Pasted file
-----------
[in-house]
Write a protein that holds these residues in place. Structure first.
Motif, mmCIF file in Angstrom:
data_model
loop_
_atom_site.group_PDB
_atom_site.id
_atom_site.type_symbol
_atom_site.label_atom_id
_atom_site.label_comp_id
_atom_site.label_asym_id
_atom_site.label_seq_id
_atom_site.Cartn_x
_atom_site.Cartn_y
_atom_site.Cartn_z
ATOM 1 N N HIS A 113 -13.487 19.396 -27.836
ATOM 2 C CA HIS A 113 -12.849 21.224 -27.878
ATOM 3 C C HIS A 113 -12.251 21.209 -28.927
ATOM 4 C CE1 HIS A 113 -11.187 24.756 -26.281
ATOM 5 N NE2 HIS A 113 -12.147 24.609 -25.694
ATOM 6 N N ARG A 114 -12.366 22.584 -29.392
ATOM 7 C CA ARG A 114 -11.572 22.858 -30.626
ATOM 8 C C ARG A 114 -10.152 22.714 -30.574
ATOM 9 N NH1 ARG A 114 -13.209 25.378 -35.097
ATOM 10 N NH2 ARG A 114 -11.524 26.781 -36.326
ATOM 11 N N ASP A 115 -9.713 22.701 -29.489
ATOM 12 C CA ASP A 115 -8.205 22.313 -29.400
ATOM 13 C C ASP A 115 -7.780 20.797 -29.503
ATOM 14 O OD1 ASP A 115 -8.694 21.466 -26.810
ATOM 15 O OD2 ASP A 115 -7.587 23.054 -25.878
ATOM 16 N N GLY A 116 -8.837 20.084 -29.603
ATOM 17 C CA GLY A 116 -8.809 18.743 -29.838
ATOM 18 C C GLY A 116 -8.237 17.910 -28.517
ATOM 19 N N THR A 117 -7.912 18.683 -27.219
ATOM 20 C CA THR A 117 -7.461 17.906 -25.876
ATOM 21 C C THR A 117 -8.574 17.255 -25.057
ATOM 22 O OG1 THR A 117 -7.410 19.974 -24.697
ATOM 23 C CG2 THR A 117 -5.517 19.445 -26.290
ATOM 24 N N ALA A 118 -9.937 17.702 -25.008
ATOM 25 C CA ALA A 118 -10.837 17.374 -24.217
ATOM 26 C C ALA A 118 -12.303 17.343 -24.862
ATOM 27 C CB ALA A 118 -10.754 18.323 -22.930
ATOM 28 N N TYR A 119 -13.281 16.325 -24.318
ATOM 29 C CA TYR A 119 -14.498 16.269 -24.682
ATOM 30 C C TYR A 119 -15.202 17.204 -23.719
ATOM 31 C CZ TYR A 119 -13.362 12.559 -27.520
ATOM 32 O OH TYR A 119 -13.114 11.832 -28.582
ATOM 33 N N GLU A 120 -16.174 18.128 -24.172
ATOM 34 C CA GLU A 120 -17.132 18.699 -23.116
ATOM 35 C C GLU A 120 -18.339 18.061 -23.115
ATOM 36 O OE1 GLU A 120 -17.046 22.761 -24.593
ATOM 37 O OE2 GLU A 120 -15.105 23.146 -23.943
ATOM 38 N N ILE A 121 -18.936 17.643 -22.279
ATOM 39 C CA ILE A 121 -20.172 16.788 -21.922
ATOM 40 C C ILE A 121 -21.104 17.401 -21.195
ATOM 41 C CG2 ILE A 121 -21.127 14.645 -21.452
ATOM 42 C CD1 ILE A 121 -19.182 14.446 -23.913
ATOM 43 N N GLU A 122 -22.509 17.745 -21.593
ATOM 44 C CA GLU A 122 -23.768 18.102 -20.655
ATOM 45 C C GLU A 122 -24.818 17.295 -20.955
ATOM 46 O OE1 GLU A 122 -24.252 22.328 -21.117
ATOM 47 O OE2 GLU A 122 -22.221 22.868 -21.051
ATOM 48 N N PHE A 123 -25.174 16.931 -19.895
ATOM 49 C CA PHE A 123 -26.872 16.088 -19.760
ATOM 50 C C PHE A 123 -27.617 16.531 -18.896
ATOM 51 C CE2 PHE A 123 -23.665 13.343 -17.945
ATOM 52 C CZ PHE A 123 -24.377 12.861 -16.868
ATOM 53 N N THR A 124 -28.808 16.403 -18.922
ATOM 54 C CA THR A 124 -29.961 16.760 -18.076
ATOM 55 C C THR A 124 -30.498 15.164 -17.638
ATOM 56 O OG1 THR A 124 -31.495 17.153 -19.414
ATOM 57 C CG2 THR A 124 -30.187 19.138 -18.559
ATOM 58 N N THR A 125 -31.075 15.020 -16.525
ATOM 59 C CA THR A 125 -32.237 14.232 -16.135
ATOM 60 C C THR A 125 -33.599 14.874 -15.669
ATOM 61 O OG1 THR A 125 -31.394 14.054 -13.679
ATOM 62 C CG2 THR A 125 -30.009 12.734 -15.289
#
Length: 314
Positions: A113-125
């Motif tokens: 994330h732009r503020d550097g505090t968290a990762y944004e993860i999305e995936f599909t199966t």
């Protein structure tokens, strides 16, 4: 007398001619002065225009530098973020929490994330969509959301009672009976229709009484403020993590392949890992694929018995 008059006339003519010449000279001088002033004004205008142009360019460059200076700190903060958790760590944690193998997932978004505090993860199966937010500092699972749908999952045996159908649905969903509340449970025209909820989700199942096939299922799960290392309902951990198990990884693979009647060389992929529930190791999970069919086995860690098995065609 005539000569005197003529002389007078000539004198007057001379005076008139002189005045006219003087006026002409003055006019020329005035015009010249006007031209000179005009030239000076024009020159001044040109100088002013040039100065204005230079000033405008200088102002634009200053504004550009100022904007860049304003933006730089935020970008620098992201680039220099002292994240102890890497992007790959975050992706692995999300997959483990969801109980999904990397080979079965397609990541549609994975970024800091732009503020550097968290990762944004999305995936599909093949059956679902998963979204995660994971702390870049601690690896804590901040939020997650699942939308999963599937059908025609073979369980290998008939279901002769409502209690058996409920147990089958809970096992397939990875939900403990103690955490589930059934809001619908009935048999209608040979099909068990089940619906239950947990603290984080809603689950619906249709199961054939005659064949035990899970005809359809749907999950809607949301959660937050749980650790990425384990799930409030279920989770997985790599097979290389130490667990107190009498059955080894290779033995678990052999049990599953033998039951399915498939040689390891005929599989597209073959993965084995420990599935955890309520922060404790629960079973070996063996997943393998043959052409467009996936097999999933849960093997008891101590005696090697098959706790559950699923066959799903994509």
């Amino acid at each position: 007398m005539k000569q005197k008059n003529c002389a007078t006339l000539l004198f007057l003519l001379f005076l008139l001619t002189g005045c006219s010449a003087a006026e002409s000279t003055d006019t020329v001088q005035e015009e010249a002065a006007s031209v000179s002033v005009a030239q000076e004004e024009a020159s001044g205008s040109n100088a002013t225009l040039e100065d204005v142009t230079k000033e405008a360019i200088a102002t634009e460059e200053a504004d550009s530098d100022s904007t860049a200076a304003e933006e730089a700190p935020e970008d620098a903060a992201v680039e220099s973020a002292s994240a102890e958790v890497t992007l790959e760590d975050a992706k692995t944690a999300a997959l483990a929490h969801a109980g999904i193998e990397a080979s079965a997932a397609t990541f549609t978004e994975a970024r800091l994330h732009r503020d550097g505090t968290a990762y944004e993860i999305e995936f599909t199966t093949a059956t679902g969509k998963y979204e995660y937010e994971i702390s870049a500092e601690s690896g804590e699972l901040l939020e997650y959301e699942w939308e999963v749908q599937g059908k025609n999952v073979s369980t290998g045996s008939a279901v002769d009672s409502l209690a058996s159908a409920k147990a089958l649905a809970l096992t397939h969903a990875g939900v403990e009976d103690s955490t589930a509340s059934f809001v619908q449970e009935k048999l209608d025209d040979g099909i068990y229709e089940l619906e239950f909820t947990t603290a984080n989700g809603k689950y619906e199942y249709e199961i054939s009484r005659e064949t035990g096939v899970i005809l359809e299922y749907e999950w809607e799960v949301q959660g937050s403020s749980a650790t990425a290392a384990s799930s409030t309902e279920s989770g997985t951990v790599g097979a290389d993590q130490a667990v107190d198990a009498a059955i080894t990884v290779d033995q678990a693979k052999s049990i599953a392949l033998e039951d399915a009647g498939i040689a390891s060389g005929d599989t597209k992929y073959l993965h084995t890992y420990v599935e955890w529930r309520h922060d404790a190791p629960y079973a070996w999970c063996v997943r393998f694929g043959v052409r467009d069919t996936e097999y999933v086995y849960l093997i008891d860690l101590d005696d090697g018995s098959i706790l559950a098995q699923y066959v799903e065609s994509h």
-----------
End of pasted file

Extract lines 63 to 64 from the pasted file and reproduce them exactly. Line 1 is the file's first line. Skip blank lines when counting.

ATOM 48 N N PHE A 123 -25.174 16.931 -19.895
ATOM 49 C CA PHE A 123 -26.872 16.088 -19.760